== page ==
Tonight Labor will deliver its alternative budget and promise that if it was in government it would be investing A$500 million in fast-tracking repairs to social housing, and urging state governments to match it dollar for dollar.
The federal budget itself, delivered on Tuesday, offered nothing extra for social housing, even though when polled by The Conversation and the Economic Society of Australia more of Australia’s leading economists wanted money spent on social housing than any other stimulus measure.
They are right to place it above investment allowances, wage subsidies and tax cuts as a sure-fire way to boost economic activity and employment.
- ^ repairs to social housing (theconversation.com)
- ^ than any other stimulus measure (theconversation.com)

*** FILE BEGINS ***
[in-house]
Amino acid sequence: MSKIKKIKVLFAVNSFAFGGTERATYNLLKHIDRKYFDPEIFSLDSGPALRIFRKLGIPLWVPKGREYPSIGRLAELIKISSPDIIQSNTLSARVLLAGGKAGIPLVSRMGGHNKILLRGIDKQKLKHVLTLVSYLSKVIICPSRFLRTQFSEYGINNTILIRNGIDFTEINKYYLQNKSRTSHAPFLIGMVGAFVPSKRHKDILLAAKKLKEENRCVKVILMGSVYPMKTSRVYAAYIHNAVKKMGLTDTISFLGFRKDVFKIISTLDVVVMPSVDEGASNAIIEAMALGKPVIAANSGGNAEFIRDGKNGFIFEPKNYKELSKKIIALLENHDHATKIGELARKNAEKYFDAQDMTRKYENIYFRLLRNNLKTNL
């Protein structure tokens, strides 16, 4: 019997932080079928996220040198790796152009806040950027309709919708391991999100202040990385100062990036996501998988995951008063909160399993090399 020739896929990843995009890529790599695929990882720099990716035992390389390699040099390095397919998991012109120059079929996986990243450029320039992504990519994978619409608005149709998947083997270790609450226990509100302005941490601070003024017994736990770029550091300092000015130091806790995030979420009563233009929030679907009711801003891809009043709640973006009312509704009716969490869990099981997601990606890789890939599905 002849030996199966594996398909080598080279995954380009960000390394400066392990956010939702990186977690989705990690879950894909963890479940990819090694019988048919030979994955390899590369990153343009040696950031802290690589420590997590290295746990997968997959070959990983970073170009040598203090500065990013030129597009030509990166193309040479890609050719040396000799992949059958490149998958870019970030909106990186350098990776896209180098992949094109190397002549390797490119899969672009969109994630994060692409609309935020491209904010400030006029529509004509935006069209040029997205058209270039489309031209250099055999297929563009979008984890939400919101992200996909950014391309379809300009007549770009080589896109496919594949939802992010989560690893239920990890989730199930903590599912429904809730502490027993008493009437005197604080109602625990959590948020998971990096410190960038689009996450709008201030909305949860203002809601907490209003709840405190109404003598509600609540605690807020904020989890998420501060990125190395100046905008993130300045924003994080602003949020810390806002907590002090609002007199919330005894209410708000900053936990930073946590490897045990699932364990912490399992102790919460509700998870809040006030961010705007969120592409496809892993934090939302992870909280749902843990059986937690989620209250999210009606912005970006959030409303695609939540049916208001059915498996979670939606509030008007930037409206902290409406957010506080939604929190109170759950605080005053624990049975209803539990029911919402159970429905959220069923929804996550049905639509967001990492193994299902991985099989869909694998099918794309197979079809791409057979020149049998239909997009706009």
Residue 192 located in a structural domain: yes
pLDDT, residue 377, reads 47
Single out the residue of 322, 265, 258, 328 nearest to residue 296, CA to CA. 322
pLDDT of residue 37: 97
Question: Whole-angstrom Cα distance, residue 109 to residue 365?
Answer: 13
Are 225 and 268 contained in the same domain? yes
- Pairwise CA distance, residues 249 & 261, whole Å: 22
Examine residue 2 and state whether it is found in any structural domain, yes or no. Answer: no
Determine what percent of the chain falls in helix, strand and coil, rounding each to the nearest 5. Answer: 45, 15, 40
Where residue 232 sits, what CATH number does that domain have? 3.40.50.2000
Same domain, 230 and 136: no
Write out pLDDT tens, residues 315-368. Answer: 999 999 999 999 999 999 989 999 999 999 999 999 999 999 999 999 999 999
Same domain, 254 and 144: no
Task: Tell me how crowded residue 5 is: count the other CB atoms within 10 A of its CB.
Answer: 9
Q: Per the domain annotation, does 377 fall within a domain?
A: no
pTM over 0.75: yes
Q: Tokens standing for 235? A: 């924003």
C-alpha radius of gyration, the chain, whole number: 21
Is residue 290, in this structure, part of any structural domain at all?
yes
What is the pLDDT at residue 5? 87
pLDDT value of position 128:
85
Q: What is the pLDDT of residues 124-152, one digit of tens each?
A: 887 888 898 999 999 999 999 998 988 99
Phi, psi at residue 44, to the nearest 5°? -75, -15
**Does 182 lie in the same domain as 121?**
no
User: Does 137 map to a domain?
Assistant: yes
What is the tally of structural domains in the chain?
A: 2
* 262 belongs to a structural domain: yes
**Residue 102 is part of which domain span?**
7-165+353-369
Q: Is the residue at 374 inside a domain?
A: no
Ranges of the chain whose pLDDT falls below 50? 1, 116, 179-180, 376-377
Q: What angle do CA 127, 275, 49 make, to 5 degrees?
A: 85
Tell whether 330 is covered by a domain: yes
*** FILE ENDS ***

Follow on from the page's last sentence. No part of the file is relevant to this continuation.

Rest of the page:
- ^ Conversation Economic Society of Australia survey, September 2020 (theconversation.com)
- ^ social housing initiative (www.dss.gov.au)
- ^ creating 14,000 well-paying jobs (formerministers.dss.gov.au)
- ^ effectively ended (www.palgrave.com)
- ^ halved since then (johnmenadue.com)
- ^ moved upmarket (www.ahuri.edu.au)
- ^ Social Housing Acceleration and Renovation Program (www.communityhousing.com.au)
- ^ 15,500 and 18,000 full-time equivalent jobs (www.communityhousing.com.au)
- ^ Australia's housing system needs a big shake-up: here's how we can crack this (theconversation.com)
- ^ $6.7 billion (budget.gov.au)
- ^ $4.5 billion (budget.gov.au)
- ^ $26.7 billion (budget.gov.au)
- ^ private sector-led growth (theconversation.com)
- ^ in the budget papers (cdn.theconversation.com)
- ^ Coronavirus lays bare 5 big housing system flaws to be fixed (theconversation.com)
- ^ SHARP (shelter.org.au)
- ^ increasingly unbalanced (theconversation.com)
Authors: Hal Pawson, Professor of Housing Research and Policy, and Associate Director, City Futures Research Centre, UNSW